Being, Not Just Making, Disciples
We describe the mission of our church this way: “To make, mature, and multiply disciples of Jesus Christ.” We’ve known other churches who use this as their mission statement, and we thought it was a good summary of Matthew 28:18–20: “And Jesus came and said to them, ‘All authority in heaven and on earth has been given to me. Go therefore and make disciples of all nations, baptizing them in the name of the Father and of the Son and of the Holy Spirit, teaching them to observe all that I have commanded you. And behold, I am with you always, to the end of the age.’”
Hopefully you can see the connection between our mission statement and Jesus’s climactic instructions to his Apostles, the initial members and appointed leaders of the New Covenant church. (The “multiply” part of our mission statement refers to our commitment to raising our children in the knowledge and ways of the Lord [Eph 6:4] and to our desire to see evangelistic churches established among more and more people groups). We see Jesus’s words here as summing up the reason God has sent his church into the world. Our “mission” as it relates to the world around us is focused on proclaiming the things this passage emphasizes: the authority of king Jesus; the gospel call to repent, believe, and be baptized; the sufficiency and authority of Scripture for every area of faith and practice; the presence of Christ through his Spirit until his return. Proclaiming these things and instructing others in them, with the desire to see more and more people following Christ, sums up our church’s mission.
But…our mission does not sum up our identity or our calling as a church. In other words, there’s more to being a church, to being a Christian, than “doing ministry” or being “on mission.”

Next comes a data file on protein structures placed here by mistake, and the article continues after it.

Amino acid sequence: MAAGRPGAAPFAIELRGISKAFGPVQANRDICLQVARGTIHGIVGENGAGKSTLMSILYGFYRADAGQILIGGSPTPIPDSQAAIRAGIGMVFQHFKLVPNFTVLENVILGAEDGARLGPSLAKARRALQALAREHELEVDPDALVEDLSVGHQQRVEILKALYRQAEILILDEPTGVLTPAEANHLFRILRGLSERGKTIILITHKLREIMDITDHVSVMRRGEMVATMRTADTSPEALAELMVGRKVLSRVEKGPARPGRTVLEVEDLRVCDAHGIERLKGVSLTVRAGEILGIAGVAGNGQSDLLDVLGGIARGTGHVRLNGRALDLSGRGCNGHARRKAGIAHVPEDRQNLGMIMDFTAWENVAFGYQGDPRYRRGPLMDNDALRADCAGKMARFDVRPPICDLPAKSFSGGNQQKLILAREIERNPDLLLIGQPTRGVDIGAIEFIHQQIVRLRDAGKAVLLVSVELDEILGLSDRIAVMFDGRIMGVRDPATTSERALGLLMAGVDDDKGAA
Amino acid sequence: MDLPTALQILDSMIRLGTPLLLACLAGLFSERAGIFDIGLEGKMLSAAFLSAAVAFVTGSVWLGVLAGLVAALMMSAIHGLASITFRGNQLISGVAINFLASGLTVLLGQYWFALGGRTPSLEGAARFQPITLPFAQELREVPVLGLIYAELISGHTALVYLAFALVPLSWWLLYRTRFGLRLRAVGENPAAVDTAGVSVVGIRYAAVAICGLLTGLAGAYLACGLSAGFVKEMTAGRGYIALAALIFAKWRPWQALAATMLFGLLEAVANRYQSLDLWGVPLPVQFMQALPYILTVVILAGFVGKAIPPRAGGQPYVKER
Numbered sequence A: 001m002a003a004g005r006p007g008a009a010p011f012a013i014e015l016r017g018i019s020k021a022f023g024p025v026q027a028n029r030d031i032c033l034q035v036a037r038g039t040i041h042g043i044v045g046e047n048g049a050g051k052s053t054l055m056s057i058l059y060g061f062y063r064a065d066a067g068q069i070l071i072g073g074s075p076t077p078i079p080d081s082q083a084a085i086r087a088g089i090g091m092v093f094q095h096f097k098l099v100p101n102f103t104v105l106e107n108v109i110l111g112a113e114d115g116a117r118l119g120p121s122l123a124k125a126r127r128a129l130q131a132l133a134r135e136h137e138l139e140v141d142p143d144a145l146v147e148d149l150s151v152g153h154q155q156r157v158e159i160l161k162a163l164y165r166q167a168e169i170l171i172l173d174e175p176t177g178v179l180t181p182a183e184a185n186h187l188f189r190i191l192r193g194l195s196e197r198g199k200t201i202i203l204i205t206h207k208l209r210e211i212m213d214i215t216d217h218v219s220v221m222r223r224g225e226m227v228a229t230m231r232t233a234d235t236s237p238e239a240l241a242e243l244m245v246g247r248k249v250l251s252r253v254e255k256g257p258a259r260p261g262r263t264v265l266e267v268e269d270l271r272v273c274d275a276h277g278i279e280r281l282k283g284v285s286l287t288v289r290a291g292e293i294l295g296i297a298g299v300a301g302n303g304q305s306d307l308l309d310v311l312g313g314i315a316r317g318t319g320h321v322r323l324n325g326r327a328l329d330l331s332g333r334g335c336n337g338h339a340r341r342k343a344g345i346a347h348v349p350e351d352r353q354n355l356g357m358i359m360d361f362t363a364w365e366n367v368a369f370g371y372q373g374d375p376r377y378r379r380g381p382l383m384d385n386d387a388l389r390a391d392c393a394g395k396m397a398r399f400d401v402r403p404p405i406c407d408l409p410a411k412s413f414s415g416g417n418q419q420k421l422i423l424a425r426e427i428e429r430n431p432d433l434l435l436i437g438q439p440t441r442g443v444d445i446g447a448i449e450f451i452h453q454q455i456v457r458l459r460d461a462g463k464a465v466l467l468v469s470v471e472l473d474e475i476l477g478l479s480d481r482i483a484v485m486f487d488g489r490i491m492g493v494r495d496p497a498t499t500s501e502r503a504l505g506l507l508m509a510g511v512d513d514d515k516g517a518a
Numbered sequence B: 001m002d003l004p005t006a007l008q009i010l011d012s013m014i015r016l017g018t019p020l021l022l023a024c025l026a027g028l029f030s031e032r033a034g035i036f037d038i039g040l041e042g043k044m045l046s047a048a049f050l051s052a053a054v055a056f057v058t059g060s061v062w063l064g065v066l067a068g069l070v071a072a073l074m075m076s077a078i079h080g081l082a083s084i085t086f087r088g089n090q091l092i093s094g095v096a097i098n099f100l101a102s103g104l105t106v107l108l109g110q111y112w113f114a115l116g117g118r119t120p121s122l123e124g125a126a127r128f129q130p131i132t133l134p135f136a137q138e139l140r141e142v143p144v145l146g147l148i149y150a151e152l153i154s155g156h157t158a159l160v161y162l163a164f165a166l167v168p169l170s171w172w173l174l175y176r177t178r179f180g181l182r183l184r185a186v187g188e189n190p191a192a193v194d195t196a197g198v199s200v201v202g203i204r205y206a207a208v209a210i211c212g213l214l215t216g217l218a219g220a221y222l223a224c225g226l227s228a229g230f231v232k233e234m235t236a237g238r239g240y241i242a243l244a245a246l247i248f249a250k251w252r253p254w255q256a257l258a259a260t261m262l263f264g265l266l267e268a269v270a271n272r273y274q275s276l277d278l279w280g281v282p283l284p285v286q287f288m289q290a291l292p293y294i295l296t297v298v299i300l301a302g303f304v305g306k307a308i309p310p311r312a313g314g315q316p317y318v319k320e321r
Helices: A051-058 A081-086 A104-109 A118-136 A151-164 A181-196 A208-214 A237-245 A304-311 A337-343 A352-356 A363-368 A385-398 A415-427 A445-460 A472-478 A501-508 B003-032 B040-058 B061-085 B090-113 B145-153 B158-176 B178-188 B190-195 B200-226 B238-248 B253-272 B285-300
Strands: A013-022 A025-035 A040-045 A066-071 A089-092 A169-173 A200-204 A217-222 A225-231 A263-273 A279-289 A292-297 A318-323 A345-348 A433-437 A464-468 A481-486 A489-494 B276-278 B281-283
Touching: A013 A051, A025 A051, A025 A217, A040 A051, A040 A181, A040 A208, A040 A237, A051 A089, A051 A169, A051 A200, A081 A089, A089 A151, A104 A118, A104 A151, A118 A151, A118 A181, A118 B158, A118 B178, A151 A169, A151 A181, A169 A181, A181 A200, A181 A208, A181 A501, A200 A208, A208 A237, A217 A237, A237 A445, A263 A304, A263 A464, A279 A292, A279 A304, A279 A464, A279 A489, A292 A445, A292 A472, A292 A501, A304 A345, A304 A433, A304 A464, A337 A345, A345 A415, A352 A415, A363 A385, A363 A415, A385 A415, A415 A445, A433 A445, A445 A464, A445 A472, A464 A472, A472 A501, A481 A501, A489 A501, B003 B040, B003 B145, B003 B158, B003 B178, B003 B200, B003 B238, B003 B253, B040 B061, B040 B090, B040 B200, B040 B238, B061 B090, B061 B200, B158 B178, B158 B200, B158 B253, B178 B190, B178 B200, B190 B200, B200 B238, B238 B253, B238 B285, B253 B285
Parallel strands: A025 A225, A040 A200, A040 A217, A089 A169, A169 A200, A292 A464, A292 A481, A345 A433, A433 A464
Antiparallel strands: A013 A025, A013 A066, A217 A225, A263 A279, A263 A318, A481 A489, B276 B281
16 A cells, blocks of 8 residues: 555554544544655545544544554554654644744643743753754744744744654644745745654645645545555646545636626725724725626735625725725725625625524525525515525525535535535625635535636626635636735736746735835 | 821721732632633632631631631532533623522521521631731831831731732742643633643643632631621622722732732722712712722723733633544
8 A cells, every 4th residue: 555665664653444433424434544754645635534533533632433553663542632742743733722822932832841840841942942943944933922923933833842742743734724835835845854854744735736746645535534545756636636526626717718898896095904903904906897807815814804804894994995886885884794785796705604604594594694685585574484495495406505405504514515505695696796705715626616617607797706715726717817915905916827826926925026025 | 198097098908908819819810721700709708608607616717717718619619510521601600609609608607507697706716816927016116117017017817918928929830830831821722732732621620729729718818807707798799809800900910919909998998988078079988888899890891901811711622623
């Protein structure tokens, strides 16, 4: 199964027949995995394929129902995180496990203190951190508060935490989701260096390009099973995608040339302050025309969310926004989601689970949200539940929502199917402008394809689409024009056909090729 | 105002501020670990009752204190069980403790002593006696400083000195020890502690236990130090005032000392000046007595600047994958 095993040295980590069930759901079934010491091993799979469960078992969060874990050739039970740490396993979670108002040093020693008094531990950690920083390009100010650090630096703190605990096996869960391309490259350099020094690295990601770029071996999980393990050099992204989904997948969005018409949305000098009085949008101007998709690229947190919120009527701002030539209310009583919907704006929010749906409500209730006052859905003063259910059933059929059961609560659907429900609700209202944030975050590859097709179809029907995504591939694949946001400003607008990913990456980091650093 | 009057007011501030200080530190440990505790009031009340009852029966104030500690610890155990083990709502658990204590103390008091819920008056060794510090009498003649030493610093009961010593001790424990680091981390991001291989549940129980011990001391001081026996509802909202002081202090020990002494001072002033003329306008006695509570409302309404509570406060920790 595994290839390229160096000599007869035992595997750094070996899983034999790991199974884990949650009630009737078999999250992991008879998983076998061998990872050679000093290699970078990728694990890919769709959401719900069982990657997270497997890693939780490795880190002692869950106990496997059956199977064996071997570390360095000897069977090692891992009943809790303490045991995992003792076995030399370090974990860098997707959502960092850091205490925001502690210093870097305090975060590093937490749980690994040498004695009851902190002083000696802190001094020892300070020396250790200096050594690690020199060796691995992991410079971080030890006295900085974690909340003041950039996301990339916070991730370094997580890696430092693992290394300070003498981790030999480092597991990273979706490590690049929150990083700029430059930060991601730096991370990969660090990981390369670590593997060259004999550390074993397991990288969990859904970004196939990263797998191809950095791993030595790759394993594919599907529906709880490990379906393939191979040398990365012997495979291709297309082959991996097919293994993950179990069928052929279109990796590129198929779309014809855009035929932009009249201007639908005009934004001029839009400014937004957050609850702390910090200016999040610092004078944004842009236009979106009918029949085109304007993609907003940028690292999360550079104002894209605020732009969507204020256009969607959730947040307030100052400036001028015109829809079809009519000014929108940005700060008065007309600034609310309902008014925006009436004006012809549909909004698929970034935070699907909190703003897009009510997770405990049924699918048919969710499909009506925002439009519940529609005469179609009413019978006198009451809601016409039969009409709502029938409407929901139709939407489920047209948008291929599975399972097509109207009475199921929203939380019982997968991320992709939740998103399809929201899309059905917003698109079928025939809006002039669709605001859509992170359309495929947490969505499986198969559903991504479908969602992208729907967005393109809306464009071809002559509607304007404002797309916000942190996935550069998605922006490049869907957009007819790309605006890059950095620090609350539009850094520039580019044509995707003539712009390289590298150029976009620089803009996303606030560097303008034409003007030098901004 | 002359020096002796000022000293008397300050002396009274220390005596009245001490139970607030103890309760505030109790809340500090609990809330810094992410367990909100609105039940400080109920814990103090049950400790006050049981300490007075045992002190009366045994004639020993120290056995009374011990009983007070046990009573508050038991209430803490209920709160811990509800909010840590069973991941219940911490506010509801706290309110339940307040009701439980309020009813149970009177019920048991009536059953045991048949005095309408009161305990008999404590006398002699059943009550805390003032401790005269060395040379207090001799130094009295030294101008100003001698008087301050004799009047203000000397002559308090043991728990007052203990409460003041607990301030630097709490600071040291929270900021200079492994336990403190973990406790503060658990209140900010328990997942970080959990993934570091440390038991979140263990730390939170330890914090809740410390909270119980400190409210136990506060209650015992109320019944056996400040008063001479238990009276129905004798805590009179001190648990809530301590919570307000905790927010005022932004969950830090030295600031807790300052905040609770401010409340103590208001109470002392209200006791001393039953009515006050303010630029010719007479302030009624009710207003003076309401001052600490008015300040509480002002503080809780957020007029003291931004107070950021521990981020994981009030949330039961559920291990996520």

That’s because before we are disciple-makers, we are disciples ourselves. Ours is not fundamentally to proclaim, but to believe. Ours is not primarily to teach, but to learn. Ours is not mainly to make disciples, but to be disciples. Of course, these things should never be separated, but they should be distinguished—much like a house and its foundation cannot be separated; still, the integrity of the foundation merits primary attention.
Our commitment to following Jesus cannot be boiled down to activities aimed at getting others to follow him. He is worthy of our worship and sufficient as our heart’s desire—regardless of whether anybody else joins us or not. We are subjects in Christ’s kingdom, by the grace of God. We are recipients of the gospel that brings salvation and of the baptism that marks us out as God’s beloved and holy people. We are in the process of learning to observe all that Christ has commanded. We are invited and compelled to trust in and rest in the powerful presence of the Holy Spirit, the down payment of our inheritance.
All this is to say that we have been called to worship Jesus Christ as Savior, King and God and to call others to do the same. The disciples worshiped before they were commissioned (v. 17). Our “mission” statement focuses on the latter—to make, mature, and multiply disciples—but this will shrivel up if it is not an outgrowth of the
former, more foundational calling of every Christian: to be and be maturing as a disciple of Jesus Christ.
So what about you? Are you a worshiper of Christ—not just in public, not just in private—in the personal and in the public sphere, are you living and growing as a disciple of Christ, your Savior and King? Regardless of whether anyone joins you or not?
And if so—will you also heed his call to try to get others to join you? Are you seeking and striving and praying to participate in the mission of Christ’s church: to lead others to faith in Jesus, baptism into his church, and a growing understanding of his Word and his ways?
Are you a disciple?
Are you making disciples?